Introduction of Next-Generation Sequencing and Its Application to the Diagnosis of Inherited Disorders
In the past eight years, next-generation sequencing (NGS) has been broadly adopted and used in many areas, including gene discovery and clinical testing in genetic medicine. NGS-based diagnostics testing for inherited disorders is now available in clinical molecular diagnostics laboratories and provide a powerful tool for searching disease-causing mutation(s). This presentation focuses on the utility of gene panels, exome and whole genome sequencing, assay validation, bioinformatics algorithm, and results interpretation.
Originally presented on August 14, 2014 in Salt Lake City, Utah.
Rong Mao, MD
Medical Director, Molecular Genetics and Genomics, ARUP Laboratories
Associate Professor of Pathology, University of Utah School of Medicine
Dr. Mao is the medical director of Molecular Genetics and Genomics at ARUP, and an associate professor of pathology and co-director of the Clinical Medical Genetics Fellowship Program at the University of Utah School of Medicine. Dr. Mao received her MD from Capital University of Medicine in Beijing, China and her MS in molecular pathology from Beijing Union Medical College. She is certified by the American Board of Medical Genetics, with a subspecialty in clinical molecular genetics, and by the New York State Department of Health, with a subspecialty in genetic testing.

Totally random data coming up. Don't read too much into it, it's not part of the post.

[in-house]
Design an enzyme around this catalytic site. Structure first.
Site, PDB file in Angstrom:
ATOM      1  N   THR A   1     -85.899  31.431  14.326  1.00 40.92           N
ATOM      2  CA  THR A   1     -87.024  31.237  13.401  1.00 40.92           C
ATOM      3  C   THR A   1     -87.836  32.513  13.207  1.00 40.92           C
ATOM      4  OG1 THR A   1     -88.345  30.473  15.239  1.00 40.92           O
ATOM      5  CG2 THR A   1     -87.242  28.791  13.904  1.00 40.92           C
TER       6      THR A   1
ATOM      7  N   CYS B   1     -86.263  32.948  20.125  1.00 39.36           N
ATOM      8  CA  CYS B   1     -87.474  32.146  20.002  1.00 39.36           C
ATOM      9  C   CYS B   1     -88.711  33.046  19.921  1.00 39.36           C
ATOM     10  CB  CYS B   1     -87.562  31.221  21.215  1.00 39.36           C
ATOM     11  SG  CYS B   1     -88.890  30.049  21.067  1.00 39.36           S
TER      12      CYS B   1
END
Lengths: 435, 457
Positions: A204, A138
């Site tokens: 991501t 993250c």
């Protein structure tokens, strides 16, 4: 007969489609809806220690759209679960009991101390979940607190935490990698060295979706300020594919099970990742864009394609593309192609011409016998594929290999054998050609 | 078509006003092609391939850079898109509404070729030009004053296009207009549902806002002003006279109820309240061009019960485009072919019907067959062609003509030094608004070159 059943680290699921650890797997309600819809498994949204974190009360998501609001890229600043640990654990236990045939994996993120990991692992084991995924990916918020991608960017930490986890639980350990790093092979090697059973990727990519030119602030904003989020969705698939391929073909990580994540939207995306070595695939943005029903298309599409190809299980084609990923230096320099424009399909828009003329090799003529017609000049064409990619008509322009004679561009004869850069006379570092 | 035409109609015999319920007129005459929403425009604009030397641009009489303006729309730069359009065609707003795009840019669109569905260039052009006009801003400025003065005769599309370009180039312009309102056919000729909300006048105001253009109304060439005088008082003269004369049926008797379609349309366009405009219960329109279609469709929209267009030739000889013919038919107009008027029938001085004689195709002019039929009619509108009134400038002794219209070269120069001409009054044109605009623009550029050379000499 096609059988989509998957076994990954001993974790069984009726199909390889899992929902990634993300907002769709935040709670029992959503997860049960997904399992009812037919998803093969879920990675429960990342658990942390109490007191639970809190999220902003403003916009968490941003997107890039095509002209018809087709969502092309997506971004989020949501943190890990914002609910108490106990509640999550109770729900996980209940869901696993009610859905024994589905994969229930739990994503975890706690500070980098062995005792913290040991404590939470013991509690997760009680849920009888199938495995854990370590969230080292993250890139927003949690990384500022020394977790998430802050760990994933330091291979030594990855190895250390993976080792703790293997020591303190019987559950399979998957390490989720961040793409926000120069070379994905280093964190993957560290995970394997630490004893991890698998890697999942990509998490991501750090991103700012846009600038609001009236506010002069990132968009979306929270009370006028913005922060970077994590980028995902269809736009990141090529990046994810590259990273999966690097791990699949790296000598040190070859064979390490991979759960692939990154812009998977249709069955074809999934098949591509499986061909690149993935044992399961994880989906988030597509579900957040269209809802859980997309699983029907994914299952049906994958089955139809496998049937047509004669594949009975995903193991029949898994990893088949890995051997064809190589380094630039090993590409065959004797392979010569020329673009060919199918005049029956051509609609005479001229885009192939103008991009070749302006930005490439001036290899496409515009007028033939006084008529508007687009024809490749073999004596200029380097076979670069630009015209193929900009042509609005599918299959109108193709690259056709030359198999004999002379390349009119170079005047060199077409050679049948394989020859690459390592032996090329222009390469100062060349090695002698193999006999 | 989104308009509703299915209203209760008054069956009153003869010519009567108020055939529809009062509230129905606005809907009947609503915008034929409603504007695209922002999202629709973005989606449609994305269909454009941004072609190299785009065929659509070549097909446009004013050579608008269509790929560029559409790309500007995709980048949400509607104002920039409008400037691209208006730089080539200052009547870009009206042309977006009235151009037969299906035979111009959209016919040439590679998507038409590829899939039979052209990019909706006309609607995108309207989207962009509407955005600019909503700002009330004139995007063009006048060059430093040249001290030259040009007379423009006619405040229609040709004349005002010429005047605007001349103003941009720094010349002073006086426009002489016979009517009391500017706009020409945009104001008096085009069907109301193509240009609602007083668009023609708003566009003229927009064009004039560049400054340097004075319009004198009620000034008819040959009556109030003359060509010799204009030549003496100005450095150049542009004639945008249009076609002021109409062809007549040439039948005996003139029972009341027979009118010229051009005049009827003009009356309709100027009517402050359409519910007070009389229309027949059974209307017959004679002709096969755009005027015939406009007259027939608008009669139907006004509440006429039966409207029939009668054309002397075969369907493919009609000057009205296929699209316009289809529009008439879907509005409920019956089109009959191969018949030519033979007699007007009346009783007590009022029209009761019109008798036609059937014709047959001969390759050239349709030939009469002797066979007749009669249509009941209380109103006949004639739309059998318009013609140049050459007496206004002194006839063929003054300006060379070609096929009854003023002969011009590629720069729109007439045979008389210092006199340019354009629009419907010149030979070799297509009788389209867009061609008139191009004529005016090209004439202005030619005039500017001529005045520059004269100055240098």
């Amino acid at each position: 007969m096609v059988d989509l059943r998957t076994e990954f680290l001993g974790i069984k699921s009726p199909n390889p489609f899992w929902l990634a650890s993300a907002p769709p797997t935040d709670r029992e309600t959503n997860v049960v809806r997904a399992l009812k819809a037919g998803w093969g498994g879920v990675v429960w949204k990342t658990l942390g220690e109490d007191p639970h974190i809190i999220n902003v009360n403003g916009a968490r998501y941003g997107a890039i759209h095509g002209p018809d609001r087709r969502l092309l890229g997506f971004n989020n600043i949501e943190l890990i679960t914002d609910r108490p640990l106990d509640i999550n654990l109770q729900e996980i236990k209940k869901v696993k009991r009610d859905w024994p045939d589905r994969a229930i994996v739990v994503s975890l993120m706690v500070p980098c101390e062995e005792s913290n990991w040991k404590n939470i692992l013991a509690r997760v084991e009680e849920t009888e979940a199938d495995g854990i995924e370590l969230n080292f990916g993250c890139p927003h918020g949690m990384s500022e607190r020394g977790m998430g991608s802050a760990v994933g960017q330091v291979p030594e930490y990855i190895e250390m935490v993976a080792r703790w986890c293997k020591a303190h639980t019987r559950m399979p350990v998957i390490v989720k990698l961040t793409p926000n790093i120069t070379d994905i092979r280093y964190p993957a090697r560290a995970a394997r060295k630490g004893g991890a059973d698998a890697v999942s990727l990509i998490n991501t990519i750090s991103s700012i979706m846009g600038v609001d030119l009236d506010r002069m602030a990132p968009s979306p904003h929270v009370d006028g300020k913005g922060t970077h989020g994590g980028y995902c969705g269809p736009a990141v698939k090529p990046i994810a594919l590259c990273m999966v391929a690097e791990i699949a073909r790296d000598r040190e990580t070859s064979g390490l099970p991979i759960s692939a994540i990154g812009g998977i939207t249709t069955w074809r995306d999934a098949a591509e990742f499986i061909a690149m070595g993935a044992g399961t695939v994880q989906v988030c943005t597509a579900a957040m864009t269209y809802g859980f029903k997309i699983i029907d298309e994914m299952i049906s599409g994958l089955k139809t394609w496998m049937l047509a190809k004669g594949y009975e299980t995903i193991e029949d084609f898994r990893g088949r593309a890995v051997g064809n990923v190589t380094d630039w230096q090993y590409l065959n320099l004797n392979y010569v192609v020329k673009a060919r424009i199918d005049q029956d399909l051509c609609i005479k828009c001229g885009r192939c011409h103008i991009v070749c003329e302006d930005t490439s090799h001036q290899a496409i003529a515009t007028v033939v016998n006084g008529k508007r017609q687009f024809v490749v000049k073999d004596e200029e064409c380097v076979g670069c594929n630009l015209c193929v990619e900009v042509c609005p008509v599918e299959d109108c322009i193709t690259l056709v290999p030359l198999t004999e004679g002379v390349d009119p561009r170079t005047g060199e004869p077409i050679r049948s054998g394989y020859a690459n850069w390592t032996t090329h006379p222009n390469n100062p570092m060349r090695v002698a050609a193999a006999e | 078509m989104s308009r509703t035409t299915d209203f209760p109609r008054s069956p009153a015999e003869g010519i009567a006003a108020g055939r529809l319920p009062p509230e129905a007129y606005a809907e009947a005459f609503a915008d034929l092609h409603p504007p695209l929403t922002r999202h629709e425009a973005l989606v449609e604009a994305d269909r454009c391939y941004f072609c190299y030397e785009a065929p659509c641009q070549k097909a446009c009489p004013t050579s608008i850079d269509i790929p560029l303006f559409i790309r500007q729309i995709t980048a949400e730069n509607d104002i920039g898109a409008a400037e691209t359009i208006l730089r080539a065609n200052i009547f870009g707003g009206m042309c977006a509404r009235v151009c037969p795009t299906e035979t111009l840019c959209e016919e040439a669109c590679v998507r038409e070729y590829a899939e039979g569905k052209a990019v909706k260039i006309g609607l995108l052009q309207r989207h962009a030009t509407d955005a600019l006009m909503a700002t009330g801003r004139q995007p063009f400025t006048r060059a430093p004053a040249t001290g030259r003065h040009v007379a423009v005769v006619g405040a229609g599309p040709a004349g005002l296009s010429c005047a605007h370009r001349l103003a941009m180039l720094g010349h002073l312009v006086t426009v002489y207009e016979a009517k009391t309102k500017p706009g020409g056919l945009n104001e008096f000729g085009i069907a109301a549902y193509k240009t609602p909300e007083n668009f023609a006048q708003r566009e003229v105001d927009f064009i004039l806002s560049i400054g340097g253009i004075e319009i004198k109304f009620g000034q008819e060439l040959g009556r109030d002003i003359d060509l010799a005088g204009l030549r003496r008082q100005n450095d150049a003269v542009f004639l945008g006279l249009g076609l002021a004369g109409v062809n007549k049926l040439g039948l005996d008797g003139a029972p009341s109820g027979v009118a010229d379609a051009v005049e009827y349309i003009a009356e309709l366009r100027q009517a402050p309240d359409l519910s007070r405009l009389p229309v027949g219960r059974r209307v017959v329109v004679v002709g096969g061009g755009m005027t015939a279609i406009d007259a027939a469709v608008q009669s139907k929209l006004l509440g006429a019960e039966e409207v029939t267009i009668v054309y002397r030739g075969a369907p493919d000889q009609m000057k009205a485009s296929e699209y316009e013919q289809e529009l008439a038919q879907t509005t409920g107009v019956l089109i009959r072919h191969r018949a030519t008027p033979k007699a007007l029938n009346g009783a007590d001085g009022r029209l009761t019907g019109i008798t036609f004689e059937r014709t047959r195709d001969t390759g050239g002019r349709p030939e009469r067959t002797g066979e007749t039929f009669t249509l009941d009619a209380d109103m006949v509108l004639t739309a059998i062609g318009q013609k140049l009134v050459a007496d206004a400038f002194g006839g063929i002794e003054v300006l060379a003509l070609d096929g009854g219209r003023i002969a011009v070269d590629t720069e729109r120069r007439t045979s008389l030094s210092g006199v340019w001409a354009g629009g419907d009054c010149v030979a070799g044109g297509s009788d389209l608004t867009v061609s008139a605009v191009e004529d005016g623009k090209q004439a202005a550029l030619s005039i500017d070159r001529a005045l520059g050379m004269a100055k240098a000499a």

After this presentation, participants will be able to:
- Describe methodology of next-generation sequencing.
- Discuss processes, validation and use of gene panels, exome sequencing and whole genome sequencing.
- Understand and appreciate the complexity of data created by next generation sequencing and results interpretation.
University of Utah School of Medicine, Department of Pathology, and ARUP Laboratories